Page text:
There’s a leap of faith that goes with starting a lace project. You have to assume certain things:
Thing No. 1: I will get the hang of the lace pattern.
Thing No. 2: I will keep knitting on this piece of knitting even though it looks sort of bunched up and lumpy.
Here’s the dream:
Here’s the reality at the moment:
Despite the lumpy, misshapen appearance of this thing, I am operating at a high level of optimism. Here’s how.
Thing No. 1: Getting the Hang of It
It was a good move for me to try out the Rib Lace pattern at a small scale before jumping into this shawl.
Our Field Guide provides a simple scarf pattern, Rib Lace Scarf, that let me practice. This stitch pattern appears in the Clerestory Shawl as well, so it’s a good appetizer. And Jen Arnall-Culliford’s superb video tutorials for Rib Lace and Tumbling Block Lace are right here.
I haven’t knit lace in a long time, so this felt like a whole new kind of knitting for me. The yarn is so fine! I took it slow and let myself be a poky knitter for a change. Each stitch an event, a triumph. Almost like learning to knit all over again.
I blocked my scarfy swatch, and it was great to see how the yarn behaves. It behaves well! It wants to be openwork!
Thing No. 2: Remaining Optimistic
I am constantly spreading out my work to see the amazing twists and turns that happen with only a few yarnovers, increases, and decreases. I feel like a genius when I see what is happening with this pattern.
One aspect of this Clerestory Shawl that gives me life is the yarn I’m using.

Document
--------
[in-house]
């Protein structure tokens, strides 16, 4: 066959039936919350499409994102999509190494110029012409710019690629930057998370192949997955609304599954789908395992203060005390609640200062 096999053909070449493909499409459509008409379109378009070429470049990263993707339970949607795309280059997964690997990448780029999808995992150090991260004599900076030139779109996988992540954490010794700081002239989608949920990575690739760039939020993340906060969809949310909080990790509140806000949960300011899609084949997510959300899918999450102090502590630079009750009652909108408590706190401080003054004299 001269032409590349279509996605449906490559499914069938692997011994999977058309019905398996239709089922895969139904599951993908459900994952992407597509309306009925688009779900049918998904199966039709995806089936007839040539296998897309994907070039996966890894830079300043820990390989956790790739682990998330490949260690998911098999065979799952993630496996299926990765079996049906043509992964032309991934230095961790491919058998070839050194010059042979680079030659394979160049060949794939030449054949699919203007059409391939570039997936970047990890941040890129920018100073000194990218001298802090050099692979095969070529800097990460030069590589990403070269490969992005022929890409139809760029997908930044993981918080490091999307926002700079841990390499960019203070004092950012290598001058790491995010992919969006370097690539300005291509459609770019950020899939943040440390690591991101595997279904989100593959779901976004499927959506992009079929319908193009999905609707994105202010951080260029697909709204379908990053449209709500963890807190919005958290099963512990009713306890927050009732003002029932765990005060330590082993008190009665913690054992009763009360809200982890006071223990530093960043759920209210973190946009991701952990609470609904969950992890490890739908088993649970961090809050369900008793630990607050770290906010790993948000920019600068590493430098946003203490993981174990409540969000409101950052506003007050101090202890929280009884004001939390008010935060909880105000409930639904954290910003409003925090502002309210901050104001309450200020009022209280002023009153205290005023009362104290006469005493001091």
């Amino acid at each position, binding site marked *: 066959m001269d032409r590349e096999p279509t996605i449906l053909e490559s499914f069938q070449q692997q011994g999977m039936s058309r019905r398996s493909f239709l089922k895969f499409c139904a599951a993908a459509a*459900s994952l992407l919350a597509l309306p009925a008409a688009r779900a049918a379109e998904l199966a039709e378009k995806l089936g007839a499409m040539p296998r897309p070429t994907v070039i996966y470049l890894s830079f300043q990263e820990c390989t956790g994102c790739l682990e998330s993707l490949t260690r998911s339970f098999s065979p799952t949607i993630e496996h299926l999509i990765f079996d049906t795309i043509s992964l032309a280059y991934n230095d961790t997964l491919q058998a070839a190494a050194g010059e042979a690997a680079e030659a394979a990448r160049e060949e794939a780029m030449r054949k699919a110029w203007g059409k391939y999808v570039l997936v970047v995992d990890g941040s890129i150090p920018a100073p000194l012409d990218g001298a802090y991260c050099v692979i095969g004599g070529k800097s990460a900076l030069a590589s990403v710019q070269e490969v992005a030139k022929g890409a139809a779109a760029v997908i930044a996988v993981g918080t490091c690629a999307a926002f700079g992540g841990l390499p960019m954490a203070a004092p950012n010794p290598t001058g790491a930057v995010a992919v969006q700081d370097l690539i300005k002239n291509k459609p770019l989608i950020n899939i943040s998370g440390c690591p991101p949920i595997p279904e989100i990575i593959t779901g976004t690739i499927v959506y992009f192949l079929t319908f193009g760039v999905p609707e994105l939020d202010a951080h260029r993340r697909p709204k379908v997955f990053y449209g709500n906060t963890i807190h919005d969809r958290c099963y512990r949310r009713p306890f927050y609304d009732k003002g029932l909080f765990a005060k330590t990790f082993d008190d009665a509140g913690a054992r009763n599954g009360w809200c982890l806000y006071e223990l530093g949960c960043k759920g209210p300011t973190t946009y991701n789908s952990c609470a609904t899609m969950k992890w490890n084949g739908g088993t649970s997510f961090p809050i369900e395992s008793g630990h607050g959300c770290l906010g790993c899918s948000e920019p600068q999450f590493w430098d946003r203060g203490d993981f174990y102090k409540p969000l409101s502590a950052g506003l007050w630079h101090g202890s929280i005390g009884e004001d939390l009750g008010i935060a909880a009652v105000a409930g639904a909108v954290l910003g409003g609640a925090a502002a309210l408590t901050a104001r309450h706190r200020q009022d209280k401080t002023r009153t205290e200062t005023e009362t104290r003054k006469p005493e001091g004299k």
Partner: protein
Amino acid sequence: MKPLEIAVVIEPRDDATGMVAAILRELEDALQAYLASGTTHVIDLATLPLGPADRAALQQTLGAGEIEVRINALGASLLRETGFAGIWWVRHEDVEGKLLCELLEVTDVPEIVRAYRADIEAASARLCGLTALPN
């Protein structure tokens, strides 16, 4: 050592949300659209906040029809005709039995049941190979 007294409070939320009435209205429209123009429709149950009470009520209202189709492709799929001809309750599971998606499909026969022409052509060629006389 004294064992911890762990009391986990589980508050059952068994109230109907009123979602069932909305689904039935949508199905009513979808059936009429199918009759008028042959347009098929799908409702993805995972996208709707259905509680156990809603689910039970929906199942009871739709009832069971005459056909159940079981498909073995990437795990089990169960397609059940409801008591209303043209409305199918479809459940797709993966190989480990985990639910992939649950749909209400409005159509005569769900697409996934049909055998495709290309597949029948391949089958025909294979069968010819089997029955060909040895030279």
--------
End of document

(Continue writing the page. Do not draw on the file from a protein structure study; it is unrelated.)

This is Gleem Lace, the first true laceweight I’ve worked with in ages. I think Jeni Hewlett’s color sense is so smart—she dyes these supersubtle colorways that knit up into beautiful finished fabrics. She’s thinking about how the yarn will be used. She’s keeping in mind the fact that a unified color can come from colors that are cousins of each other, that rhyme.
You can see what I’m talking about in the gallery up top.
Also: this blend of Bluefaced Leicester and silk has a low luster to it. The twist makes all these little pebbly moments in the fabric, adding life to the whole thing.
Having knit lace in the past, I know what will happen when I’m done with this project. It will be one of the most delightful moments in all knitting: that day when a lumpy, misshapen, giant piece of knitting spreads out.
It’s going to be a glorious day of celebration, let me tell you.
I hope you’ll give this design a try. Something about knitting a lustrous cobweb has such appeal right now. This shawl feels special and ornamental. It’s not functional; it’s beautiful, that’s all.